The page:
Wisdom teeth normally erupt between the ages of 18 to 25 years of age. It is common for wisdom teeth to be impacted, meaning there is no space for them to erupt and it is not common for wisdom teeth to erupt into the right position even if space is available.
Some of the reasons why we don’t have the space:
- Our soft diets do not cause wear on our other teeth
- It is vital to save our other teeth as they have normally erupted into the correct position. So few other teeth are being extracted
- The lower jaw has not grown enough to accommodate the wisdom teeth.
Some of the reasons why we need to extract wisdom tooth are because:
This infection happens often when your tooth is partially erupted into the mouth. This creates a small pocket between the tooth and your gums allowing bacteria to accumulate and it cannot be adequately cleansed away due to the configuration of the gum tissue that surrounds it. This infection and inflammation can cause jaw stiffness, pain and swelling.
Complications associated with dental decay
An impacted wisdom tooth may keep pushing against the molars next to it. This often leads to a serious damage to both teeth as the newly formed space between the wisdom and its neighbour molar where plaque accumulates cannot be cleaned out, causing dental decay on both teeth.
Pathology – cysts and tumours
Sacks of fluid called cysts can form around the tooth and may displace the tooth. The cysts can destroy bone and damage other teeth and gum
The positioning of some wisdom teeth makes them notoriously difficult to clean and maintain, thus placing them at increased risk of having the above problems happen.
One of the common questions that we get asked is “Why do I need four wisdom teeth out?”
The impacted tooth causing problems needs to be extracted but so does its opposing tooth. This is because teeth keep growing or moving until they hit something. So if only one tooth is extracted then the opposing tooth will keep moving (super-erupts) until it hits the gingiva of the extracted tooth, causing problems such as biting into your opposite gum. As it super-erupts, it also increases its surface area, causing more food and bacteria to accumulate around the tooth. So having the two opposing teeth out at the same time saves the extraction procedure and consequent healing time, occurring twice.
There will be some pain and swelling following a tooth extraction. This may require pain killers. There will also be bleeding of the socket. This is usually minor and easily controlled by applying pressure and taking painkillers and/or antibiotics.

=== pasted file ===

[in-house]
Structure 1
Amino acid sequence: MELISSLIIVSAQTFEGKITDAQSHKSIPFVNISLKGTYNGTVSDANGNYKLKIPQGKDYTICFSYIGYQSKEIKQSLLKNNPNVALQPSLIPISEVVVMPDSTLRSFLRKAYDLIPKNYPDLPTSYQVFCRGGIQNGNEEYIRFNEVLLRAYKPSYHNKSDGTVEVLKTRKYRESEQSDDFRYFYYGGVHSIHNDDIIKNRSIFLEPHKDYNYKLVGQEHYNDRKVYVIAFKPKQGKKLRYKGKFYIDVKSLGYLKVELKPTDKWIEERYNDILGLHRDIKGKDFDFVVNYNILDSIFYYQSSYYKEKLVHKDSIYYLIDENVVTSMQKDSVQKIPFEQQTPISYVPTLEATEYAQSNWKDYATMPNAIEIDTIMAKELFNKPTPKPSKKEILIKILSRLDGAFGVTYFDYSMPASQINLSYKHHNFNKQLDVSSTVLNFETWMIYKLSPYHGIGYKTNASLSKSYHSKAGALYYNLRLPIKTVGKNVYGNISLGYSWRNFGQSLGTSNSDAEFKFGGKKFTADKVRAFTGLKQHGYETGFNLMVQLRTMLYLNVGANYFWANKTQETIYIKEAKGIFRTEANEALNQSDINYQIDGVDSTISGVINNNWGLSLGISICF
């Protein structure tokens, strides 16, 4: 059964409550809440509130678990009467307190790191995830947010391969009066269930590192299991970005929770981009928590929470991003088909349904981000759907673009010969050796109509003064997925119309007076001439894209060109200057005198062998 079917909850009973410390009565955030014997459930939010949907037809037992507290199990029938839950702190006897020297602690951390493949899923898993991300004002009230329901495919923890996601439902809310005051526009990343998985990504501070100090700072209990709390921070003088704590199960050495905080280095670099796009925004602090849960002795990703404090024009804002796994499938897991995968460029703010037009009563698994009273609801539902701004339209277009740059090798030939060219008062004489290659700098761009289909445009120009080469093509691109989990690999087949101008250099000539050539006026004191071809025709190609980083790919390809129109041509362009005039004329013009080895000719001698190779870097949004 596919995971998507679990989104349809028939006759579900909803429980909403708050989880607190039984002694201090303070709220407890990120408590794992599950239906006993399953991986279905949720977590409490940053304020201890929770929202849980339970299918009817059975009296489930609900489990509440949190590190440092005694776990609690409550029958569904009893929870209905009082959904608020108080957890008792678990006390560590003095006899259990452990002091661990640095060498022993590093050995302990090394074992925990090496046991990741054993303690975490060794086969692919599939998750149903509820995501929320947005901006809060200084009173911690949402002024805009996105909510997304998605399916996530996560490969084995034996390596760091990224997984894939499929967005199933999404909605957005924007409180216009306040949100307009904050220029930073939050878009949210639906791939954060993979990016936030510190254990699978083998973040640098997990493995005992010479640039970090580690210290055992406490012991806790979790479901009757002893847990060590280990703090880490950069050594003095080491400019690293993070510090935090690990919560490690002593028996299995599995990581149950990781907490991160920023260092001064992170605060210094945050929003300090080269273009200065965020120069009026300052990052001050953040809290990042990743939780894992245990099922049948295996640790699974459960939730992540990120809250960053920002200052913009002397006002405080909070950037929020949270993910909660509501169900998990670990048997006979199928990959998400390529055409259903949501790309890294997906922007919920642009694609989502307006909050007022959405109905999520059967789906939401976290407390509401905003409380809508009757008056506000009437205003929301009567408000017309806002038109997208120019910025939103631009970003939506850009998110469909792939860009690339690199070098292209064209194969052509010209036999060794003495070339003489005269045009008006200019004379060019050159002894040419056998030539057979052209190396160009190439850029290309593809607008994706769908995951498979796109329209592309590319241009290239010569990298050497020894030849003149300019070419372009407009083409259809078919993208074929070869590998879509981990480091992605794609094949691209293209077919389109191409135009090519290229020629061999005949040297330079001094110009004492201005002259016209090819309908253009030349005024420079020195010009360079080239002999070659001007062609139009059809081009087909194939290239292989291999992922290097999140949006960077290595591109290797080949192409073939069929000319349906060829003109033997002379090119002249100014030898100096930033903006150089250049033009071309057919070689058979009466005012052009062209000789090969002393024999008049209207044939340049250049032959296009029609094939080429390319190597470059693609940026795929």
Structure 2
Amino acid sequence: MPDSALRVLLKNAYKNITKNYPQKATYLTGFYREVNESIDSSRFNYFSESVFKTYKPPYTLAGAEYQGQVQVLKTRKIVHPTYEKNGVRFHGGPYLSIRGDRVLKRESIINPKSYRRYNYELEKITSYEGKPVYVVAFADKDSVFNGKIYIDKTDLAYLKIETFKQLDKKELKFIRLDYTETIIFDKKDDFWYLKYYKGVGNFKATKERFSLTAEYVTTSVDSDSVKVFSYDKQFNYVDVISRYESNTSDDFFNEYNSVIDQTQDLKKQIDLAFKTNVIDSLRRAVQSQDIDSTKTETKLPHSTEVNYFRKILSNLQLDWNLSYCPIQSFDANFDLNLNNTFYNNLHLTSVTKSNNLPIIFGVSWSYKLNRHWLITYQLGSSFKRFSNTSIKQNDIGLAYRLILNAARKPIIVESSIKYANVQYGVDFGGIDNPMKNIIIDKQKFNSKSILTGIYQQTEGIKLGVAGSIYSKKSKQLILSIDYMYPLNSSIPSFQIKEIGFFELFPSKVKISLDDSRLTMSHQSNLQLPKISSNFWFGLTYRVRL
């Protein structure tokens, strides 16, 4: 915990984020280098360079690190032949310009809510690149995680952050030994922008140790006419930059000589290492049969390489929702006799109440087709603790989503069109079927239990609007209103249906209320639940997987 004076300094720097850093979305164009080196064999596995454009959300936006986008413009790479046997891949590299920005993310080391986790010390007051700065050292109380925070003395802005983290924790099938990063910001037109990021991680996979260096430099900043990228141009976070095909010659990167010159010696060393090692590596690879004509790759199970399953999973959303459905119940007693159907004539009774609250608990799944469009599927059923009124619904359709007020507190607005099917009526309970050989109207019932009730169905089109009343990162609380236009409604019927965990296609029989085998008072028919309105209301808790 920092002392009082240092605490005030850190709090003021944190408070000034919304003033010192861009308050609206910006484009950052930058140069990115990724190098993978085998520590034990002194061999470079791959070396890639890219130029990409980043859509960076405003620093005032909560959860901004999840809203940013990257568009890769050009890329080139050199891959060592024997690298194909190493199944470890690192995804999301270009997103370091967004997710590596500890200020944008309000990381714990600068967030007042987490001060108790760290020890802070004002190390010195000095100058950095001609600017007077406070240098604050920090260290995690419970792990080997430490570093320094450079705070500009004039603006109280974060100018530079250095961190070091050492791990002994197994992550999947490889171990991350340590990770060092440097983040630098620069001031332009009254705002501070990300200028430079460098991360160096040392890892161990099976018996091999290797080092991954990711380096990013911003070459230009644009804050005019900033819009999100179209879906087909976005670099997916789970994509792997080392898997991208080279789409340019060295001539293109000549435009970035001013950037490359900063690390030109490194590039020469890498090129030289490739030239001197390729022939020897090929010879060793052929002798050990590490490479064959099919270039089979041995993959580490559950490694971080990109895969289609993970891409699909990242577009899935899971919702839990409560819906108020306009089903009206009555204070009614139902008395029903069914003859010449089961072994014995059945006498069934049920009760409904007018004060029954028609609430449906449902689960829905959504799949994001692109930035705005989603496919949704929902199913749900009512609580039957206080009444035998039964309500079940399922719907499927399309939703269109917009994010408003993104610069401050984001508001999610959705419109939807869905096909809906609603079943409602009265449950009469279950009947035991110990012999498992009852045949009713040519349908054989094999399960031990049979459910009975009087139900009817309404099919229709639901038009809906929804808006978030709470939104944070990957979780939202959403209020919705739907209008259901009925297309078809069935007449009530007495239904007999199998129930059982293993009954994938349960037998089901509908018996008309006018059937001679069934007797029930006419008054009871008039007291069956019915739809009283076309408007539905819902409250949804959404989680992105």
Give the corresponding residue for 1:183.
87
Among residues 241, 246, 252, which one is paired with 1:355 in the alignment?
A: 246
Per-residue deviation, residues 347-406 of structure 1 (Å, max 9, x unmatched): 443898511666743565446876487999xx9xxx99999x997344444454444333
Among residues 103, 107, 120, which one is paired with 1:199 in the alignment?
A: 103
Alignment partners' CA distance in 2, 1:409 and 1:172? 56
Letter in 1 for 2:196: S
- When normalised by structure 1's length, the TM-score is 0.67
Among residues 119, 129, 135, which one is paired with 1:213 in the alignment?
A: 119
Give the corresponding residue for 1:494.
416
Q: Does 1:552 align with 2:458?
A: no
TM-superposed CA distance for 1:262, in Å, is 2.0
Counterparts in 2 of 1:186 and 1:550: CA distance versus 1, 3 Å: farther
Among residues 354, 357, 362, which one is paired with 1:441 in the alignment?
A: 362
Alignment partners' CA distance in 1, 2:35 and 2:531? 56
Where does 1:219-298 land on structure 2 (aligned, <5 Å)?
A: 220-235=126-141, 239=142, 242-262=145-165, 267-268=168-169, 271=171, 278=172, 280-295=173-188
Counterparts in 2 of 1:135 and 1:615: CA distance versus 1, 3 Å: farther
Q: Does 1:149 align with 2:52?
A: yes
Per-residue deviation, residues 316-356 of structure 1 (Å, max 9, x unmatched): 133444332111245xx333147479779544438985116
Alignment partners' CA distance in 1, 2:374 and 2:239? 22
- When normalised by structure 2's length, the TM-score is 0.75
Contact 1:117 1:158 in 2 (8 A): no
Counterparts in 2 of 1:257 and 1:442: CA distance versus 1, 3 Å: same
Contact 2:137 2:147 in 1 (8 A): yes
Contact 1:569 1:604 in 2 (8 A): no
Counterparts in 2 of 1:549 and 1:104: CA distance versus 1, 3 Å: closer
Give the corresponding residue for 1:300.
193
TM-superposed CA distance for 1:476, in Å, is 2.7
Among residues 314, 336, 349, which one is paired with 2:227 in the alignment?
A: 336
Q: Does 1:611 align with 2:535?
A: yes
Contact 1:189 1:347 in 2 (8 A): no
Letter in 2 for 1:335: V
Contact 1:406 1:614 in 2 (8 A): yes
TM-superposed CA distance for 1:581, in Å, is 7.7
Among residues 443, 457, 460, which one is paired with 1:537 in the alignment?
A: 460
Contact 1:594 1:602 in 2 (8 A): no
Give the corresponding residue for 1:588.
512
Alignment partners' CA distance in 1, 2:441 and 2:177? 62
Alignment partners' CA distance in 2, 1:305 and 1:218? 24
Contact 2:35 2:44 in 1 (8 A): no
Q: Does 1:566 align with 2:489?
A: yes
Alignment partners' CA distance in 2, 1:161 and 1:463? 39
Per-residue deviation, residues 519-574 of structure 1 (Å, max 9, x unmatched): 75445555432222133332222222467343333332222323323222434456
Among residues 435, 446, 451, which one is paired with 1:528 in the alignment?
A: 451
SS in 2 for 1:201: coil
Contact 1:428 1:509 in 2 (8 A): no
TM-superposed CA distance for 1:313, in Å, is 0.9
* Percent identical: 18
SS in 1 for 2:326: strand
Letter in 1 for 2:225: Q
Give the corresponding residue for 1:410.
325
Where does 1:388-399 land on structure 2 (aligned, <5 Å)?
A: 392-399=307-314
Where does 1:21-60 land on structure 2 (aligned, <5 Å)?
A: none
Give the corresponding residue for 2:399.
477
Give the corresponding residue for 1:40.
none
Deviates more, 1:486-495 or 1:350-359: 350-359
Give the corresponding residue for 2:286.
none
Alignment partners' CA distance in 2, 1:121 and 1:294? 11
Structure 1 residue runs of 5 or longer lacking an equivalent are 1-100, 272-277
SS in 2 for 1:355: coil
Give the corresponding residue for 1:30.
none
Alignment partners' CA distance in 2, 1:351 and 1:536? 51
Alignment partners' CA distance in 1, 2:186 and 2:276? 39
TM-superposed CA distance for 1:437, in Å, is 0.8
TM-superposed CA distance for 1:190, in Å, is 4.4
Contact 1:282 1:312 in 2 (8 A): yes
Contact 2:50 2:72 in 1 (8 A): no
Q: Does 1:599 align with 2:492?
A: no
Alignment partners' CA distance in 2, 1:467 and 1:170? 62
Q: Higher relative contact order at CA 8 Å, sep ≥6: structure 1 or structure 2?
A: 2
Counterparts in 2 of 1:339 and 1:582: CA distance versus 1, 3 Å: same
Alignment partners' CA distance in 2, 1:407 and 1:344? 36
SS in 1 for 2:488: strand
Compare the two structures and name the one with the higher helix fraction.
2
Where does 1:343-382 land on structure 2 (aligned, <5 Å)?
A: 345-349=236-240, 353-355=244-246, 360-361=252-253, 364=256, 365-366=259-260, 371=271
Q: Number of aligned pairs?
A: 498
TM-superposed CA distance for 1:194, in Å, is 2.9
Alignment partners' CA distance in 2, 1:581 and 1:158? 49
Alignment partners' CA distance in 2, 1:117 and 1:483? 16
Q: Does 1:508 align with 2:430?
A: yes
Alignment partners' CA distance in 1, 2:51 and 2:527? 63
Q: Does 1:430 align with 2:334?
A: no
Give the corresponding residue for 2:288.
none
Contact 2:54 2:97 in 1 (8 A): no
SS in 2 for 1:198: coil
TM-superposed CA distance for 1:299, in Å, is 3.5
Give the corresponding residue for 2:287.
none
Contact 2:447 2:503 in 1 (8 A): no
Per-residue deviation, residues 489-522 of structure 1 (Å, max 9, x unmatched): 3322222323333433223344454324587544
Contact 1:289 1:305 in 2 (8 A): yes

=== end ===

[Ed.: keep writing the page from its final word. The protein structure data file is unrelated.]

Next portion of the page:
It is also important to know some of the possible complications associated with the procedure. Including, but not limited to:
- Infection of the extraction socket (dry socket) which can cause pain after the tooth extraction. This can be remedied in our office.
- Biting of the numb lip which may cause damage after the teeth have been removed .
- Damage to the Inferior Dental Nerve on each side of the Mandible (lower jaw). This nerve passes very close to the root of the lower wisdom tooth (often in contact with it) and gives feeling to the lower teeth, lower lip and chin on that side. This nerve is very close to the area of surgery, with a slight risk of some damage to the nerve. This may cause numbness of the lower teeth, lower lip and chin. This may be temporary (6–12 months) or permanent.
- Damage to the Lingual Nerve on each side of the Mandible (lower jaw). This nerve passes very close to the tongue side of the lower wisdom tooth and posterior mandibular teeth and gives feeling and taste to that side of the tongue. This nerve is very close to the area of surgery, with a slight risk of some damage to the nerve. This may cause numbness and loss of taste to that side of the tongue. This may be temporary (6–12 months) or permanent.
- The tooth root tip may break off in small pieces – less than 1mm – when the tooth is taken out. The dentist may not remove those pieces if there is a chance that the nerves or other structures may be damaged during removal.
- Damage to teeth growing tightly against the wisdom teeth during removal of the wisdom teeth.
- Weakness of the jaw due to removal of the wisdom teeth. The jaw may break during the procedure or during the healing period.
- If the upper teeth are close to the sinuses, removal may cause a hole between the mouth and the sinus. This may need further surgery or referral to the specialist in the event that it does happen.
All of my questions have been answered by the dentist and I fully understand the above statements in this consent form.